We’re taking the show on the road and to the coast. Every time I take the hour drive down south from Silicon Valley (and through the Santa Lucia Highlands wine country – more on that to come, stay tuned) to Pebble Beach I’m reminded of just how ridiculously, amazingly, stunningly beautiful the landscape can be here in Northern California. I’m guessing the Pacific Ocean might have something to do with that.
Yesterday I attended the presser for Pebble Beach Concours d’Elegance. The relaxed event at the Inn at Spanish Bay featured the premiere of the auto doc Racing Through the Forest (more below). There were a few short speeches officially launching the event, and later an entertaining panel with former Pebble Beach race drivers – when you hear about the “crazy ones” surely these guys are near the top of the list.
Concours is now in full gear. Today (Thursday) features a tour. All manner of incredible automotive art, history, and trivia, make their way through 17 Mile Drive. Spectators line the streets to admire. Trophies are later awarded in the afternoon. It’s pretty magical stuff, what with the fog and all:
Racing these days is consigned to the world class Laguna Seca track up in Sonoma. Concours has become a famous spectacle and celebration of all things automotive. The marquee event takes place on Sunday when the eighteenth green at the Pebble Beach golf course gets transformed into a magnificent, sprawling car show of epic proportions. We’ll be on location to shoot a segment for Stark Insider. I truly can’t wait. The scenery, the cars, the people. What will be hot this year? What will car enthusiasts have to say about the industry, state of collectables? And what crazy, HP super-sized exotics will be rumbling on the grounds? Stay tuned, we’re just as anxious to find out.
RACING THROUGH THE FOREST
If you’re a fan of American car racing you must absolutely see the new film Racing Through the Forest.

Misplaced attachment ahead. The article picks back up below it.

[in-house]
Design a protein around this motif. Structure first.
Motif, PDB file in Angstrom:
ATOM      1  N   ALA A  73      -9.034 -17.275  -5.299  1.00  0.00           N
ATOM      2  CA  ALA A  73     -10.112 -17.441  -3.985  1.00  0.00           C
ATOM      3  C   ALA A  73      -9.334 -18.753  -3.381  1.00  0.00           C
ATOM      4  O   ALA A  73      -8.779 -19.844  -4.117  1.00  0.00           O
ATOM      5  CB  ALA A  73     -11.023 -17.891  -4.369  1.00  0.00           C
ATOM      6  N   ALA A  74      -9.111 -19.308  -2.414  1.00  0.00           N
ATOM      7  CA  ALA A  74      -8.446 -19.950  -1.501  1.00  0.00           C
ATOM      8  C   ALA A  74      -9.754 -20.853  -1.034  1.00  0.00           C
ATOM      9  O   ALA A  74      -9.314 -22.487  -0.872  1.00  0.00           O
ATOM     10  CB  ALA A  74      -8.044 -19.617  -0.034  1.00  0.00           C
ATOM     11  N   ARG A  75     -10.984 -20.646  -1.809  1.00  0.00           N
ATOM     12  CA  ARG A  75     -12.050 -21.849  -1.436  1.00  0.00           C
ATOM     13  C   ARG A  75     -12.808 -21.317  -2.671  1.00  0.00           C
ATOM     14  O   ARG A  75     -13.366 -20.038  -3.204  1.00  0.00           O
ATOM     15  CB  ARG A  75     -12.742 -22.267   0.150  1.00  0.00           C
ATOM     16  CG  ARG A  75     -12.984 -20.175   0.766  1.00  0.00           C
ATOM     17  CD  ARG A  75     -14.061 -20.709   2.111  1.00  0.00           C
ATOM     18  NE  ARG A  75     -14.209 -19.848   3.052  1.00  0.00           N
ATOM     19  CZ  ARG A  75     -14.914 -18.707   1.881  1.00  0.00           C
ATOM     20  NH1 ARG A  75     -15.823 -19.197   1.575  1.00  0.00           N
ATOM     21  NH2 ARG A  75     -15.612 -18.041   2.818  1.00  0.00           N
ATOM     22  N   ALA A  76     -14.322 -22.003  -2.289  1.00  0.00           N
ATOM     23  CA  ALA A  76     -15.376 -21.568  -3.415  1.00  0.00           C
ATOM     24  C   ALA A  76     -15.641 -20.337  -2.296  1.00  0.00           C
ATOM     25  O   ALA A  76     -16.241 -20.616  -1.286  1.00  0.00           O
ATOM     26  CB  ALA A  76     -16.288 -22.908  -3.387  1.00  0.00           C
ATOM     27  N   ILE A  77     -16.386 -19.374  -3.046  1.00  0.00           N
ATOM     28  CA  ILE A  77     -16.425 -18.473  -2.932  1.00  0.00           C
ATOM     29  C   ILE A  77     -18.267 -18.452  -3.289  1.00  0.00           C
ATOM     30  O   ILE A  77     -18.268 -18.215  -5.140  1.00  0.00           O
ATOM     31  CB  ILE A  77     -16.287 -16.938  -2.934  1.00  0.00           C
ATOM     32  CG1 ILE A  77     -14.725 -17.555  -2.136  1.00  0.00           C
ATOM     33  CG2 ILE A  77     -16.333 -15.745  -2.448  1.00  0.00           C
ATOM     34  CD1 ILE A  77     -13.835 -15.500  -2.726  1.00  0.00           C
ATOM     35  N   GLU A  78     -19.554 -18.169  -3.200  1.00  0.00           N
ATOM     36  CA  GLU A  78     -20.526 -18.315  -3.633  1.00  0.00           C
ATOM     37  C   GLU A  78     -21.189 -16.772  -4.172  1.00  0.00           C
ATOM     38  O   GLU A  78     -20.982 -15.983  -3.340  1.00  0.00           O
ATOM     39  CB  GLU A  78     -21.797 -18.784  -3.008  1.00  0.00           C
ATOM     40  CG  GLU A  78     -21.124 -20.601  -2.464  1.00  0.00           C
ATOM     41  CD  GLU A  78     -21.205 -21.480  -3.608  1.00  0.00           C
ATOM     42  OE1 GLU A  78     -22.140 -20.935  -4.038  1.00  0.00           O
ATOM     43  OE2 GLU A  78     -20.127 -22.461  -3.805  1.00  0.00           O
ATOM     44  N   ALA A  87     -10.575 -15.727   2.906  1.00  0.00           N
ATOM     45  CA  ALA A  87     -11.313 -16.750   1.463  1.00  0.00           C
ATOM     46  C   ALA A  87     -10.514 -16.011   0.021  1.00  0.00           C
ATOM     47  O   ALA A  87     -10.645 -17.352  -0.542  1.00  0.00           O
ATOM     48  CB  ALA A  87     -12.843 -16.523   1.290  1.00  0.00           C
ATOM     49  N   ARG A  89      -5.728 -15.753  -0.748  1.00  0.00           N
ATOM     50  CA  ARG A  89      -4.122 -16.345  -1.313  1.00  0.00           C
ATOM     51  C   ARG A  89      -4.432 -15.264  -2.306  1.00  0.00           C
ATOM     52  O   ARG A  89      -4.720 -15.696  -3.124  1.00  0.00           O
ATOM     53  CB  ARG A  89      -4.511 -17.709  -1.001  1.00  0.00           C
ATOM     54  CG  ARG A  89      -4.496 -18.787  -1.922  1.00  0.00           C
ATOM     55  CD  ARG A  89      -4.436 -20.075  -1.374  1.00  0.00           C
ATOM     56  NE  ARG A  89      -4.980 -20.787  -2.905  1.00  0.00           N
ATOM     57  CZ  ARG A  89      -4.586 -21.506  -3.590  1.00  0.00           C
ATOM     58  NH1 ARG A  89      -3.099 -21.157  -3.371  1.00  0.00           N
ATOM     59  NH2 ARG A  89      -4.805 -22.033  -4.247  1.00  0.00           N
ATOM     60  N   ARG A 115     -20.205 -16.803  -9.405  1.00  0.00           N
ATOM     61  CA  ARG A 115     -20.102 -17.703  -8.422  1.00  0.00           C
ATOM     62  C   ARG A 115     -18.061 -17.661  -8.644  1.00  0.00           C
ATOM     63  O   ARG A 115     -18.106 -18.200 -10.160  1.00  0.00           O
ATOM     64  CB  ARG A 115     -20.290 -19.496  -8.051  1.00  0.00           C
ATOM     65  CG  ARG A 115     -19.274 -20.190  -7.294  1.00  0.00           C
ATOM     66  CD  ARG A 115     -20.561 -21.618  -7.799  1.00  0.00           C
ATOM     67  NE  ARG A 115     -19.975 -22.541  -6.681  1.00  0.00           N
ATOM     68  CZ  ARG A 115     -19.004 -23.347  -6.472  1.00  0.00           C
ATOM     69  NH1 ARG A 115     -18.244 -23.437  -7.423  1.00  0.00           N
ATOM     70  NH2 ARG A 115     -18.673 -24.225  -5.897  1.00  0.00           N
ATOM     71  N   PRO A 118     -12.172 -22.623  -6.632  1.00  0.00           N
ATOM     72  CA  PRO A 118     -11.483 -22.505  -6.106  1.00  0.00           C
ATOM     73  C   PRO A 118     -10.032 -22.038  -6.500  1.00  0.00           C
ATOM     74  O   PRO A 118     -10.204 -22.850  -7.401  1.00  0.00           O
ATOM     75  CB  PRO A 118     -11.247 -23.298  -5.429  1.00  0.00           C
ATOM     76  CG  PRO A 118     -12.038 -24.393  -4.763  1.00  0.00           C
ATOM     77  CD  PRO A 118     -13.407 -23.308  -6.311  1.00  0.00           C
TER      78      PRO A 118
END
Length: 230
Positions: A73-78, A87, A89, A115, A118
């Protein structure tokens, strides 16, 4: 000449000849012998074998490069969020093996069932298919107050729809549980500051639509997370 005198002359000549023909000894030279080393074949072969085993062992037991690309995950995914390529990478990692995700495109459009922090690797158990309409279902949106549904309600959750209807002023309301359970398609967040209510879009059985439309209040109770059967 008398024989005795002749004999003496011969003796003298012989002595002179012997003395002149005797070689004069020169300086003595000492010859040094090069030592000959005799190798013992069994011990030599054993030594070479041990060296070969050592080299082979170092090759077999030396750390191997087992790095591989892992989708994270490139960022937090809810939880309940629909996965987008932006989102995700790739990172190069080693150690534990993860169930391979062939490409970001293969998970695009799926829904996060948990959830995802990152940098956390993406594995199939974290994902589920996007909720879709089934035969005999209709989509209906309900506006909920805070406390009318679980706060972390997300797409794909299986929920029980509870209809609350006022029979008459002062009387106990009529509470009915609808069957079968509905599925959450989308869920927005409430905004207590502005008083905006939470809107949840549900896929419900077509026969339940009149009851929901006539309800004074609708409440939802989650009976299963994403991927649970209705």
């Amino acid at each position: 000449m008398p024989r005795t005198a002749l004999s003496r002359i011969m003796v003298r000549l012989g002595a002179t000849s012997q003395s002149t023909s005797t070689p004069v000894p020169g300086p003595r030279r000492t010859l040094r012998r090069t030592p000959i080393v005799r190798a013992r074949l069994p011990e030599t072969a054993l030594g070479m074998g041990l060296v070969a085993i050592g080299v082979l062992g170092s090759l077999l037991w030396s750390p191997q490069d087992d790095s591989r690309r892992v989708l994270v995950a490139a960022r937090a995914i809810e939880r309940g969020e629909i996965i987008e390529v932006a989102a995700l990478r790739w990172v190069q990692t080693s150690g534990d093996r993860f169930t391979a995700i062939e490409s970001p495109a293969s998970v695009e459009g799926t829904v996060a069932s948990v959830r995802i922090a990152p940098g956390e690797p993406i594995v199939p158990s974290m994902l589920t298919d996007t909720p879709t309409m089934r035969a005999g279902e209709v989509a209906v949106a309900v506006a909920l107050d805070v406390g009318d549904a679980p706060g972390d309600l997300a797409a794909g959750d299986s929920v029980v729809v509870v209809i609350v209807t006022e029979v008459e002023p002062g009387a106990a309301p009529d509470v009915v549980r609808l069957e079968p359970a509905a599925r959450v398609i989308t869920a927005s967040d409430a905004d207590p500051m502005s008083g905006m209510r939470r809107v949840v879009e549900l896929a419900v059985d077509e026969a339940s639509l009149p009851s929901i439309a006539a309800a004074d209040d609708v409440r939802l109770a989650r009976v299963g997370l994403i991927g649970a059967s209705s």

The 80-minute documentary traces the roots of the sport back to 1950 when a letter from Sterling Edwards would lead to the idea that a racetrack could be a viable proposition at Pebble Beach. These were different times. Drivers would often race their cars on public streets to the track itself, before racing once again (two races in one!). Through a series of interviews (50 in total including Fred Knoop, Mick Martson, Bill Pollack, Jim Hall and Phil Remington), filmmaker Dean Kirkland does well to entertain, inform. Archival footage and profiles of various MGs, Alfa Romeos, Ferraris and Porsches of the day. Great stuff. Smartly there’s just enough information about the car designs, engines and other technical aspects without going so deep as to potentially lose the casual viewer.
“It was the romantic era of racing.”
One memorable character is the film is a starter – the guy who herds the cars at the beginning of the race before giving waving the start flag. This is also the same guy who waves the checkered flag at the finish line. Turns out this particular starter could “jump like a kangaroo” which was quite a visual hoot apparently. At the finish line he’d wave the flag vigorously and move as close to the winning car (moving at incredibly high speed) all while jumping. Why the dramatics? To ensure his photo would appear in the newspaper the next day. Turns out it worked like a charm, race after race.
We also hear from a charming Spaniard, one that now owns the famous Porsche Speedster raced by legend Phil Hill – a guy who “could make a car dance.” Seems like history here with this car is in good hands (note: I was unsure if the image of Jerry Seinfeld in the car indicated he was now the owner, or possibly former owner?).
“If you don’t come first, you don’t get remembered.”
I liked that the filmmakers gave as much attention to the non-star drivers as they did to the ones that would go on to garner international acclaim. Amazing how one missed shift can forever alter a career.
And if racing at Pebble Beach started with a dream, it ended in tragedy. In 1956 Ernie McAfee spun out, hit a tree, and died instantly. That would be the last race ever among the pine trees. A short drive up north, Sonoma County would be home to the newly built, modern track Laguna Seca. And, incredible to imagine, built all for the sum of just $100,000.